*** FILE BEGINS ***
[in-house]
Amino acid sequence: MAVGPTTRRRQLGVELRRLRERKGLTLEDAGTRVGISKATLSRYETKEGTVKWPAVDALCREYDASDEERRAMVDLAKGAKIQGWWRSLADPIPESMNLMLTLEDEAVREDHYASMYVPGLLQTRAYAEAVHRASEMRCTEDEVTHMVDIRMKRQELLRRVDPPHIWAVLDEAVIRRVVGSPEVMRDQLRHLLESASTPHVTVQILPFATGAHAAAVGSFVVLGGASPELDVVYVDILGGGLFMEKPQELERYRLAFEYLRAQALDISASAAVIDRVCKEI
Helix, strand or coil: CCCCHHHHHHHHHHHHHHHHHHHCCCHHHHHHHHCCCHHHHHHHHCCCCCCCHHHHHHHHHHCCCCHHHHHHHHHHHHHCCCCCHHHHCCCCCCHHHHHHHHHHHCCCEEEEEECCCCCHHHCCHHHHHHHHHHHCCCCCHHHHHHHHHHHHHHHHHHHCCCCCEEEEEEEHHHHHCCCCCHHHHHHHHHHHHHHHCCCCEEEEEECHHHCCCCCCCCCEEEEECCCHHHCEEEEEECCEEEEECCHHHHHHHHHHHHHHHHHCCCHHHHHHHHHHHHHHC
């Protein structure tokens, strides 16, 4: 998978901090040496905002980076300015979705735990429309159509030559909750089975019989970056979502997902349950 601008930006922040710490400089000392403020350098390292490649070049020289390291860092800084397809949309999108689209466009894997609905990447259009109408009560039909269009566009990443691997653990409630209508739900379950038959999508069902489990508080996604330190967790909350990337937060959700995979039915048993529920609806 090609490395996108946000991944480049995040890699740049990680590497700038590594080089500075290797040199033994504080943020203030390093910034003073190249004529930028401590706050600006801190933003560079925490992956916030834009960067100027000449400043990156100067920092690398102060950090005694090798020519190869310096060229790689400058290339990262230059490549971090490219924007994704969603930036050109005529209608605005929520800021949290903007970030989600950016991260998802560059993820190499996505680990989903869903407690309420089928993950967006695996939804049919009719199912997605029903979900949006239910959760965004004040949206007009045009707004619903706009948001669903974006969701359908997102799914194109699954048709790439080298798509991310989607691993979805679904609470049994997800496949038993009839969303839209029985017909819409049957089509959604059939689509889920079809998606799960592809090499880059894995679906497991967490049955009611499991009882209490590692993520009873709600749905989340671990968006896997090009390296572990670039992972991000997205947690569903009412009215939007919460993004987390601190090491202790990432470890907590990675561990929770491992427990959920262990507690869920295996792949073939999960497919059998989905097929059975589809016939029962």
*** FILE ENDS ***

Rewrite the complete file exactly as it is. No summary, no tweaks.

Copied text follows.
[in-house]
Amino acid sequence: MAVGPTTRRRQLGVELRRLRERKGLTLEDAGTRVGISKATLSRYETKEGTVKWPAVDALCREYDASDEERRAMVDLAKGAKIQGWWRSLADPIPESMNLMLTLEDEAVREDHYASMYVPGLLQTRAYAEAVHRASEMRCTEDEVTHMVDIRMKRQELLRRVDPPHIWAVLDEAVIRRVVGSPEVMRDQLRHLLESASTPHVTVQILPFATGAHAAAVGSFVVLGGASPELDVVYVDILGGGLFMEKPQELERYRLAFEYLRAQALDISASAAVIDRVCKEI
Helix, strand or coil: CCCCHHHHHHHHHHHHHHHHHHHCCCHHHHHHHHCCCHHHHHHHHCCCCCCCHHHHHHHHHHCCCCHHHHHHHHHHHHHCCCCCHHHHCCCCCCHHHHHHHHHHHCCCEEEEEECCCCCHHHCCHHHHHHHHHHHCCCCCHHHHHHHHHHHHHHHHHHHCCCCCEEEEEEEHHHHHCCCCCHHHHHHHHHHHHHHHCCCCEEEEEECHHHCCCCCCCCCEEEEECCCHHHCEEEEEECCEEEEECCHHHHHHHHHHHHHHHHHCCCHHHHHHHHHHHHHHC
């Protein structure tokens, strides 16, 4: 998978901090040496905002980076300015979705735990429309159509030559909750089975019989970056979502997902349950 601008930006922040710490400089000392403020350098390292490649070049020289390291860092800084397809949309999108689209466009894997609905990447259009109408009560039909269009566009990443691997653990409630209508739900379950038959999508069902489990508080996604330190967790909350990337937060959700995979039915048993529920609806 090609490395996108946000991944480049995040890699740049990680590497700038590594080089500075290797040199033994504080943020203030390093910034003073190249004529930028401590706050600006801190933003560079925490992956916030834009960067100027000449400043990156100067920092690398102060950090005694090798020519190869310096060229790689400058290339990262230059490549971090490219924007994704969603930036050109005529209608605005929520800021949290903007970030989600950016991260998802560059993820190499996505680990989903869903407690309420089928993950967006695996939804049919009719199912997605029903979900949006239910959760965004004040949206007009045009707004619903706009948001669903974006969701359908997102799914194109699954048709790439080298798509991310989607691993979805679904609470049994997800496949038993009839969303839209029985017909819409049957089509959604059939689509889920079809998606799960592809090499880059894995679906497991967490049955009611499991009882209490590692993520009873709600749905989340671990968006896997090009390296572990670039992972991000997205947690569903009412009215939007919460993004987390601190090491202790990432470890907590990675561990929770491992427990959920262990507690869920295996792949073939999960497919059998989905097929059975589809016939029962």